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Let $A_n$ denote an $n \times n$ tridiagonal matrix. $$A_n=\begin{pmatrix}2 & -1 & & & 0 \\ -1 & 2 & -1 & & \\ & \ddots & \ddots & \ddots & \\ & & -1 & 2 & -1 \\ 0 & & & -1 & 2 \end{pmatrix} \quad\text{for }n \ge 2$$

Set $D_n = \det(A_n)$

Prove that $D_n = 2D_{n-1} - D_{n-2}$ for $n \ge 4$.

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    $\begingroup$ What have you tried so far? If you don't know where to begin, perhaps you should make use of the variable "n." $\endgroup$ – daOnlyBG Oct 28 '14 at 22:39
  • $\begingroup$ See also: math.stackexchange.com/questions/1148581/… $\endgroup$ – Martin Sleziak Feb 15 '15 at 9:14
  • $\begingroup$ For a more general version, see this answer. $\endgroup$ – Martin Sleziak Feb 15 '15 at 10:43
  • $\begingroup$ I've "unclosed" this question as duplicate of math.stackexchange.com/q/266998/18880, because none of the answers to that question make it even remotely obvious that for this specific case the determinant is $n+1$. (I know this question does not explicitly ask to compute it, but another question marked as duplicate of this one does.) Much as I like closing for abstract duplicates, I think this question is better not marked as duplicate of a considerably harder question. $\endgroup$ – Marc van Leeuwen Feb 15 '15 at 11:30
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Expand with respect to the first column: you get $$ D_n =2 \times \begin{vmatrix}2 & -1 & & & 0 \\ -1 & 2 & -1 & & \\ & \ddots & \ddots & \ddots & \\ & & -1 & 2 & -1 \\ 0 & & & -1 & 2 \end{vmatrix}_{(n-1)} - (-1) \times \begin{vmatrix}-1 & 0 & & & 0 \\ -1 & 2 & -1 & & 0 \\ & \ddots & \ddots & \ddots & \\ & & -1 & 2 & -1 \\ 0 & & & -1 & 2 \end{vmatrix}_{(n-1)} $$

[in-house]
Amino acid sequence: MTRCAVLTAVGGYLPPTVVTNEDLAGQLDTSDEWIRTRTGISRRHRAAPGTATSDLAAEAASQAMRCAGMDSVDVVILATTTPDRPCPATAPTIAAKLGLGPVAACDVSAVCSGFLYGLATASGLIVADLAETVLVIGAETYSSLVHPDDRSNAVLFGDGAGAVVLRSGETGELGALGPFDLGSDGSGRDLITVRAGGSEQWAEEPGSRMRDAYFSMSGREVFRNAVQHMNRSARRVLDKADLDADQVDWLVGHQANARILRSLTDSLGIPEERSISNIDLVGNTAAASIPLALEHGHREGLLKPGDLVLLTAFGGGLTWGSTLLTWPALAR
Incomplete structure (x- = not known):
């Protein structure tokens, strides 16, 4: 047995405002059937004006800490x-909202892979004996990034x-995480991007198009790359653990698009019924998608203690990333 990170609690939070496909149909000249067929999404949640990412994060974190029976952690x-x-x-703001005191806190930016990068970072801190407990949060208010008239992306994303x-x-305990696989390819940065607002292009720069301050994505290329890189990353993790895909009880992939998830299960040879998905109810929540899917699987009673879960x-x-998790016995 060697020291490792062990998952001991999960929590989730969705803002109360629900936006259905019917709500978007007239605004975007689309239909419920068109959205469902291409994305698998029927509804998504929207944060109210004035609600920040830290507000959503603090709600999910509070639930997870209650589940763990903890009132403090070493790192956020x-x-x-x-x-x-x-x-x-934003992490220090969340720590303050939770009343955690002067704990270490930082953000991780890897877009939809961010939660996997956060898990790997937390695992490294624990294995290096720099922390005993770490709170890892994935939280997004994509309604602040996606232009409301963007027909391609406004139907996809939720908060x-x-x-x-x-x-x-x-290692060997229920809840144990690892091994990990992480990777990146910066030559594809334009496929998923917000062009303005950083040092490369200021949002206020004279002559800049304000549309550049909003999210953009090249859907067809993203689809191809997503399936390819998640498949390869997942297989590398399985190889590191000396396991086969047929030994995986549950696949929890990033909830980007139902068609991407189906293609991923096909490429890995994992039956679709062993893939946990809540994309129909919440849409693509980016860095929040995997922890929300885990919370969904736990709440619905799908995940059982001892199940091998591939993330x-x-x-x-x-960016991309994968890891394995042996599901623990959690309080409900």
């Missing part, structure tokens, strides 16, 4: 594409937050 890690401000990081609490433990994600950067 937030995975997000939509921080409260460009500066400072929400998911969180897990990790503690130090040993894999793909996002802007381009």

Now expand according to the first line the second determinant: you get $$ =2 \times \begin{vmatrix}2 & -1 & & & 0 \\ -1 & 2 & -1 & & \\ & \ddots & \ddots & \ddots & \\ & & -1 & 2 & -1 \\ 0 & & & -1 & 2 \end{vmatrix}_{(n-1)} - (-1)^2\times \begin{vmatrix}2 & -1 & & & 0 \\ -1 & 2 & -1 & & \\ & \ddots & \ddots & \ddots & \\ & & -1 & 2 & -1 \\ 0 & & & -1 & 2 \end{vmatrix}_{(n-2)} $$ Conclusion: $$ D_n = 2D_{n-1} - D_{n-2} $$

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Here is a way to compute the determinant without using induction. Multiply the matrix $A_n$ to the left by the $n\times n$ upper triangular matrix $U_n$ with all entries on and above the diagonal equal to$~1$: $$ \begin{pmatrix}1&1&1&\ldots&1\\ 0&1&1&\ddots&\vdots\\0&0&1&\ddots&1\\ \vdots & \ddots & \ddots & \ddots & 1 \\0&0& \ldots &0 & 1 \end{pmatrix} \begin{pmatrix}2 & -1 & & & 0 \\ -1 & 2 & -1 & & \\ & \ddots & \ddots & \ddots & \\ & & -1 & 2 & -1 \\ 0 & & & -1 & 2 \end{pmatrix} = \begin{pmatrix}1&0&0&\ldots&0&1\\ -1&1&0&\ddots&0&1\\0&-1&1&\ddots&0&1\\ \vdots & \ddots & \ddots & \ddots & 0&1 \\ \vdots & \ddots & \ddots & -1 & 1&1 \\0&0& \ldots &0&-1 & 2 \end{pmatrix}. $$ Since $\det(U_n)=1$, we shall get $\det(A_n)$ as the determinant of our resulting matrix$~R$.

Now recognise that $R=I-C_P$ where $C_P$ is the companion matrix of the polynomial $P=X^n+X^{n-1}+\cdots+X^2+X^1+X^0$. Since it is well known that $P$ is the characteristic polynomial $\det(IX-C_p)$ of $C_P$ we get $$ \det(A_n)=\det(R)=\det(I-C_P)=\det(IX-C_P)[X:=1]=P[X:=1]=n+1. $$

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